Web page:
Nov 29 2013
Fifty years and fifteen days ago, the island of Surtsey emerged from the sea off the southern coast of Iceland.
On November 14, 1963 the cook on the trawler Ísleifur II saw smoke on the water. The captain motored over to see if it was a ship on fire or a volcano (in Iceland you know to include “volcano” on your list) and yes, it was a volcano.
From a spot of smoke it grew quickly into an island. Here it is erupting in 1963.
Named for a Norse fire giant, Surtsey continued to erupt for the next three and a half years until it grew even larger than it is today. The island is literally losing ground. It was 1 square mile at its maximum; now it’s only half. The ocean immediately took away the loose rocks leaving behind hard volcanic cliffs. They will eventually erode as well, it’ll just take longer.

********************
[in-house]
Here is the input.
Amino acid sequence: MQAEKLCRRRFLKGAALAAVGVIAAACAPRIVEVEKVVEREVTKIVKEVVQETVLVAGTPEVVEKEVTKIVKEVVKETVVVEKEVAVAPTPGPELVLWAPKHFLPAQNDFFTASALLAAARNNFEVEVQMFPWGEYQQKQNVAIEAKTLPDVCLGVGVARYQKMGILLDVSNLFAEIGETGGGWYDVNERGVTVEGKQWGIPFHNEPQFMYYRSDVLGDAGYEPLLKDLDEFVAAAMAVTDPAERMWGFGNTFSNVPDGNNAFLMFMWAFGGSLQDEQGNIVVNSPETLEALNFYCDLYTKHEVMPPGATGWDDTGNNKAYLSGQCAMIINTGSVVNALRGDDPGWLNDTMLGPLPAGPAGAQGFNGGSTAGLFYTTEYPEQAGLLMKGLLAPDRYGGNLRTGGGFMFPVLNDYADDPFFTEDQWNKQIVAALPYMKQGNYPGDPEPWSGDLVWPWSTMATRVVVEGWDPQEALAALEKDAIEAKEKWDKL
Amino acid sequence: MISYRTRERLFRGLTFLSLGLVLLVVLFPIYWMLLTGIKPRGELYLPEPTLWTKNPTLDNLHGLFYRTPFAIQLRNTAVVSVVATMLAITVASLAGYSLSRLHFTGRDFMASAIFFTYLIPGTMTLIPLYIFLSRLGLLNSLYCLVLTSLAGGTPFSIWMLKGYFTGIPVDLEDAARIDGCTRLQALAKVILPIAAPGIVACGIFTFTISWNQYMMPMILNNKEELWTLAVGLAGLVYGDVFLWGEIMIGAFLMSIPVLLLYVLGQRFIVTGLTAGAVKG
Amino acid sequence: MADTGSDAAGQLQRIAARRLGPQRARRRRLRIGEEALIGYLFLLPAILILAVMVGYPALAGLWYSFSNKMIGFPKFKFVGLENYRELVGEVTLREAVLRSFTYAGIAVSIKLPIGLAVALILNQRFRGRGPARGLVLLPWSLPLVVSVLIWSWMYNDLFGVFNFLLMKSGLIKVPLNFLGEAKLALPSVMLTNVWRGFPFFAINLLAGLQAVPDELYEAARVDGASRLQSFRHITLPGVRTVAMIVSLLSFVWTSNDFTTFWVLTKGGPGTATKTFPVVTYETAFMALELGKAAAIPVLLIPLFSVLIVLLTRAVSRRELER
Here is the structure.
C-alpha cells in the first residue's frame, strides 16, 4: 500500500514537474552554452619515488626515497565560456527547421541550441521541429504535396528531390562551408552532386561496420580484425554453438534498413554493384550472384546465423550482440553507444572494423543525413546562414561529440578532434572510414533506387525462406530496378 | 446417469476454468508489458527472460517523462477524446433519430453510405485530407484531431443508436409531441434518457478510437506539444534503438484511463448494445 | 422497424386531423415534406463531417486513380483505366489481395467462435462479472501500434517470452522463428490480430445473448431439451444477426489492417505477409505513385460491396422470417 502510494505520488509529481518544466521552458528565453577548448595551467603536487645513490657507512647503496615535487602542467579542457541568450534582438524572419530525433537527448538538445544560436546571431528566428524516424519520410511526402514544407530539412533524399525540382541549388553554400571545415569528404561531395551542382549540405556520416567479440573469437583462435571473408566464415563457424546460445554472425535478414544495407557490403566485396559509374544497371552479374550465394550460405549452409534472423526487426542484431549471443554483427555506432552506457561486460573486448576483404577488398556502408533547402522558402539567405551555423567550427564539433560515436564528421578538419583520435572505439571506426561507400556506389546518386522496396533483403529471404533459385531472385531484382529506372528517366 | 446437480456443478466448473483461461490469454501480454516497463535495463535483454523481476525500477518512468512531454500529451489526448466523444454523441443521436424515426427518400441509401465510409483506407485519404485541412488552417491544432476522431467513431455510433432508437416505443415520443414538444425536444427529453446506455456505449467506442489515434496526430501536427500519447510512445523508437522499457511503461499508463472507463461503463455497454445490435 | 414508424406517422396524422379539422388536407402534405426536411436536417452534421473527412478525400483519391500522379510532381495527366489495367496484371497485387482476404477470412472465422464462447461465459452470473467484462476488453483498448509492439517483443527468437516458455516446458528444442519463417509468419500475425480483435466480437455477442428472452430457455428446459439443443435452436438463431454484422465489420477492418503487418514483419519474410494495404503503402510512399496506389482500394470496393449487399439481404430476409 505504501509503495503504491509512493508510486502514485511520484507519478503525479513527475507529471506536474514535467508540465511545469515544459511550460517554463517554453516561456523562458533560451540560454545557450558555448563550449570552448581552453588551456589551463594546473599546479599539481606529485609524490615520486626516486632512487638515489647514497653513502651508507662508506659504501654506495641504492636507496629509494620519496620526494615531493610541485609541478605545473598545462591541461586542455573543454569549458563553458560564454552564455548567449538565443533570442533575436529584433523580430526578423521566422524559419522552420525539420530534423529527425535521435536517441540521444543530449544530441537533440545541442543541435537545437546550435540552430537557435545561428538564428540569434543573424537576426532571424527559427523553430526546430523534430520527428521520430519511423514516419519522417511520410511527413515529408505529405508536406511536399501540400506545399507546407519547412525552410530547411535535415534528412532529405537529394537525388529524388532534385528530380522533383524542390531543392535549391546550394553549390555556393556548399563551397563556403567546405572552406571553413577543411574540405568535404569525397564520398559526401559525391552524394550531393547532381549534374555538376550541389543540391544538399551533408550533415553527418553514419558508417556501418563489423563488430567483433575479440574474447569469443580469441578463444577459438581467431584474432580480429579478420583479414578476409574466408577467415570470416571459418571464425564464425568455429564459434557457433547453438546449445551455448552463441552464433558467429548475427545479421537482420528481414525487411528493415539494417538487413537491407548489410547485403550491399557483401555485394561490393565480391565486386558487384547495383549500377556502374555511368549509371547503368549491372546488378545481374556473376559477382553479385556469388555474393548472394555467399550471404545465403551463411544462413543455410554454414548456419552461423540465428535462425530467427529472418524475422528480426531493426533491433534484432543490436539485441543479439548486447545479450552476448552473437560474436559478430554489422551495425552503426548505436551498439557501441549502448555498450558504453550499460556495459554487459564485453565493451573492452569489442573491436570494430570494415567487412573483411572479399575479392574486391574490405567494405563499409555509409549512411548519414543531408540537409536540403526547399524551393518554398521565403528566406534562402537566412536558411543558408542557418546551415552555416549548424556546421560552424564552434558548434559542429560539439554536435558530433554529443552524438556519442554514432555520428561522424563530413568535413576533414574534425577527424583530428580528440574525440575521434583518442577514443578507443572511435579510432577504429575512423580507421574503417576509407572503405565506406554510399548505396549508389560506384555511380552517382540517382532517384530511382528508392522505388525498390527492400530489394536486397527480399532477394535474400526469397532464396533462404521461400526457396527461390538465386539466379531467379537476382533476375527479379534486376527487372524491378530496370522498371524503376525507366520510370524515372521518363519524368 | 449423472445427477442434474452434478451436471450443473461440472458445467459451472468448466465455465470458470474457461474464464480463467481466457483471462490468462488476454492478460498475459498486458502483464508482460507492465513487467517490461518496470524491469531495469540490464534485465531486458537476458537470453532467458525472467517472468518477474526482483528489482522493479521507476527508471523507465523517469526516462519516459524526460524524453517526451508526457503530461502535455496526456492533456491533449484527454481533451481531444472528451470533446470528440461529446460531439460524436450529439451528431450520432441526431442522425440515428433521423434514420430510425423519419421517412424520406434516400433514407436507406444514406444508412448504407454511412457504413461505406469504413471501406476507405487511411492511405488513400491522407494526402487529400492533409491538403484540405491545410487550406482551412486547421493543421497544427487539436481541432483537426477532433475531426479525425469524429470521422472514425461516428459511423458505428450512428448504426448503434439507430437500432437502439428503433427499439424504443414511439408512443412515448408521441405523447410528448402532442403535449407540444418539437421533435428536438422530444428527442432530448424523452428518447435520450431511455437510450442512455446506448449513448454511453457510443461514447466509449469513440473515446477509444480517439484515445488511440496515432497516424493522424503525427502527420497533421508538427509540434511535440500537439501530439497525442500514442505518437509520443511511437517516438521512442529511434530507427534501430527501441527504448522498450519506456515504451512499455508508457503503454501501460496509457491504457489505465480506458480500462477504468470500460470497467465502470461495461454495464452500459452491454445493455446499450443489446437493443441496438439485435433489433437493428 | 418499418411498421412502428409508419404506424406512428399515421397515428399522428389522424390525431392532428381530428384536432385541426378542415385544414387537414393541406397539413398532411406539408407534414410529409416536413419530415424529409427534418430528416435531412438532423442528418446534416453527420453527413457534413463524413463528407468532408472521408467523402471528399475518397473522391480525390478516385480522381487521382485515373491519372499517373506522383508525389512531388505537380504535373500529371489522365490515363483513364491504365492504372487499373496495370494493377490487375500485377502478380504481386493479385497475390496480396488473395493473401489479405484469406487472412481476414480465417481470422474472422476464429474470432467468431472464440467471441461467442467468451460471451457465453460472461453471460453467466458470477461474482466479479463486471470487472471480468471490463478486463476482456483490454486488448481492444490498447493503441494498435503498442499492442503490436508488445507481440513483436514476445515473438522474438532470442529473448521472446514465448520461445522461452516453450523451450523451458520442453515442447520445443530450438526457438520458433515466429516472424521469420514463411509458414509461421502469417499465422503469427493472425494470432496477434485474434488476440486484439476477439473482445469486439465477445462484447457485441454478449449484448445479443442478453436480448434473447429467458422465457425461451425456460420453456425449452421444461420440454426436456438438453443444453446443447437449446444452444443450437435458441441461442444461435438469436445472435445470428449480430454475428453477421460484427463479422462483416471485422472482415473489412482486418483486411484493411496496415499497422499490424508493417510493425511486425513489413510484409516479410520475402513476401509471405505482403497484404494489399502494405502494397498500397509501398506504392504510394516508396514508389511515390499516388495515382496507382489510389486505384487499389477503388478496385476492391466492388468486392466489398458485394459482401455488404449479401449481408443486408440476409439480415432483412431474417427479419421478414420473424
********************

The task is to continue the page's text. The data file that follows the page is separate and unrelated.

For now Surtsey has settled down to a bland, quiet existence as a UNESCO World Heritage site and one of the most studied places on earth. What began as barren hot rock now hosts at least 69 plant species and 15 species of nesting birds (nice cliffs!). Even spiders have drifted in and set up housekeeping.
Two unexpected plants arrived with human visitors and had to be eradicated lest they became invasive. A tomato plant grew from a seed deposited by diarrhea (yes, it happens) and some boys planted potatoes. Wrong! Those had to go.
Very quiet, but she has an amazing history. See great photos of her fiery birth and read more of her history, including the bizarre French territorial dispute, at the VolcanoCafé blog.
(photos of Surtsey from Wikimedia Commons. Click on the images to see the original)
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